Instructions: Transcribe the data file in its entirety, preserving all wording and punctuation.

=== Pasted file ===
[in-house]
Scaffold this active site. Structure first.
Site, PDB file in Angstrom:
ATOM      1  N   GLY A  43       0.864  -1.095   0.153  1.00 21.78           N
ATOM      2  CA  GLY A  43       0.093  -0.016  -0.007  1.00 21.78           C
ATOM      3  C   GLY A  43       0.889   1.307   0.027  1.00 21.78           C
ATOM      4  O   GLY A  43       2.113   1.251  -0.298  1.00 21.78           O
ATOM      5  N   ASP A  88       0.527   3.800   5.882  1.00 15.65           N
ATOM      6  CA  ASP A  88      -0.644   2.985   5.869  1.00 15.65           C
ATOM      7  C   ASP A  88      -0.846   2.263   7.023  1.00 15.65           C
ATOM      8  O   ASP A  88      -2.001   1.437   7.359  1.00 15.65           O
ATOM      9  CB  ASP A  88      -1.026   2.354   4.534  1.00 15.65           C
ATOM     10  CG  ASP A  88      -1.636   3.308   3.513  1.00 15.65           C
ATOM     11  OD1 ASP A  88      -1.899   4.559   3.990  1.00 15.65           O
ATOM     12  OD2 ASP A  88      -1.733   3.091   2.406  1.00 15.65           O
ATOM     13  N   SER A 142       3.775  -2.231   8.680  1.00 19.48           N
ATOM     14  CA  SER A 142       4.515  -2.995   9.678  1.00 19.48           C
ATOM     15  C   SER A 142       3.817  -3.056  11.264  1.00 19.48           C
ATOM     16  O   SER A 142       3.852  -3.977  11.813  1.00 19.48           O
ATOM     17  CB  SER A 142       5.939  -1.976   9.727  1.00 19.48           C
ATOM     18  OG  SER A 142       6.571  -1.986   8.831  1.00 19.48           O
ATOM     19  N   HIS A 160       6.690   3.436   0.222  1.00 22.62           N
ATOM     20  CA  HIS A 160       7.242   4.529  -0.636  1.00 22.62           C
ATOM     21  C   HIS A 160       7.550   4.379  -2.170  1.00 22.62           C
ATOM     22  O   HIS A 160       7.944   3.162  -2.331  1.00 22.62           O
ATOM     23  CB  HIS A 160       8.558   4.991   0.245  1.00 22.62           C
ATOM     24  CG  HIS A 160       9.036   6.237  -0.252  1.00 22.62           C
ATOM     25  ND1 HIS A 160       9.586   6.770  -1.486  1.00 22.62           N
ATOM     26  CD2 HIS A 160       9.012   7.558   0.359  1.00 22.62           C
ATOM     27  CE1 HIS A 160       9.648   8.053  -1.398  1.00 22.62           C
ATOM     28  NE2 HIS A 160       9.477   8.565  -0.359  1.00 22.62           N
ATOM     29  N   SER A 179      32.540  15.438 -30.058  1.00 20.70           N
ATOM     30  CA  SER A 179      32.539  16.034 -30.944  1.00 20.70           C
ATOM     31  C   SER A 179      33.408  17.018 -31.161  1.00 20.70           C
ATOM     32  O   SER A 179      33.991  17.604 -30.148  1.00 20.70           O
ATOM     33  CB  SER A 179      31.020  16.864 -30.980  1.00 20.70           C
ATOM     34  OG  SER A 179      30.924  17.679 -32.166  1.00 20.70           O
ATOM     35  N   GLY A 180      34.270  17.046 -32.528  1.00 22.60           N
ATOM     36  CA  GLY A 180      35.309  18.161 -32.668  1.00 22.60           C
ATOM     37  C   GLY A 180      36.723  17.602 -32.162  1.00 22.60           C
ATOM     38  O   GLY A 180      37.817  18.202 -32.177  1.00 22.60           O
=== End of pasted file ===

[in-house]
Scaffold this active site. Structure first.
Site, PDB file in Angstrom:
ATOM      1  N   GLY A  43       0.864  -1.095   0.153  1.00 21.78           N
ATOM      2  CA  GLY A  43       0.093  -0.016  -0.007  1.00 21.78           C
ATOM      3  C   GLY A  43       0.889   1.307   0.027  1.00 21.78           C
ATOM      4  O   GLY A  43       2.113   1.251  -0.298  1.00 21.78           O
ATOM      5  N   ASP A  88       0.527   3.800   5.882  1.00 15.65           N
ATOM      6  CA  ASP A  88      -0.644   2.985   5.869  1.00 15.65           C
ATOM      7  C   ASP A  88      -0.846   2.263   7.023  1.00 15.65           C
ATOM      8  O   ASP A  88      -2.001   1.437   7.359  1.00 15.65           O
ATOM      9  CB  ASP A  88      -1.026   2.354   4.534  1.00 15.65           C
ATOM     10  CG  ASP A  88      -1.636   3.308   3.513  1.00 15.65           C
ATOM     11  OD1 ASP A  88      -1.899   4.559   3.990  1.00 15.65           O
ATOM     12  OD2 ASP A  88      -1.733   3.091   2.406  1.00 15.65           O
ATOM     13  N   SER A 142       3.775  -2.231   8.680  1.00 19.48           N
ATOM     14  CA  SER A 142       4.515  -2.995   9.678  1.00 19.48           C
ATOM     15  C   SER A 142       3.817  -3.056  11.264  1.00 19.48           C
ATOM     16  O   SER A 142       3.852  -3.977  11.813  1.00 19.48           O
ATOM     17  CB  SER A 142       5.939  -1.976   9.727  1.00 19.48           C
ATOM     18  OG  SER A 142       6.571  -1.986   8.831  1.00 19.48           O
ATOM     19  N   HIS A 160       6.690   3.436   0.222  1.00 22.62           N
ATOM     20  CA  HIS A 160       7.242   4.529  -0.636  1.00 22.62           C
ATOM     21  C   HIS A 160       7.550   4.379  -2.170  1.00 22.62           C
ATOM     22  O   HIS A 160       7.944   3.162  -2.331  1.00 22.62           O
ATOM     23  CB  HIS A 160       8.558   4.991   0.245  1.00 22.62           C
ATOM     24  CG  HIS A 160       9.036   6.237  -0.252  1.00 22.62           C
ATOM     25  ND1 HIS A 160       9.586   6.770  -1.486  1.00 22.62           N
ATOM     26  CD2 HIS A 160       9.012   7.558   0.359  1.00 22.62           C
ATOM     27  CE1 HIS A 160       9.648   8.053  -1.398  1.00 22.62           C
ATOM     28  NE2 HIS A 160       9.477   8.565  -0.359  1.00 22.62           N
ATOM     29  N   SER A 179      32.540  15.438 -30.058  1.00 20.70           N
ATOM     30  CA  SER A 179      32.539  16.034 -30.944  1.00 20.70           C
ATOM     31  C   SER A 179      33.408  17.018 -31.161  1.00 20.70           C
ATOM     32  O   SER A 179      33.991  17.604 -30.148  1.00 20.70           O
ATOM     33  CB  SER A 179      31.020  16.864 -30.980  1.00 20.70           C
ATOM     34  OG  SER A 179      30.924  17.679 -32.166  1.00 20.70           O
ATOM     35  N   GLY A 180      34.270  17.046 -32.528  1.00 22.60           N
ATOM     36  CA  GLY A 180      35.309  18.161 -32.668  1.00 22.60           C
ATOM     37  C   GLY A 180      36.723  17.602 -32.162  1.00 22.60           C
ATOM     38  O   GLY A 180      37.817  18.202 -32.177  1.00 22.60           O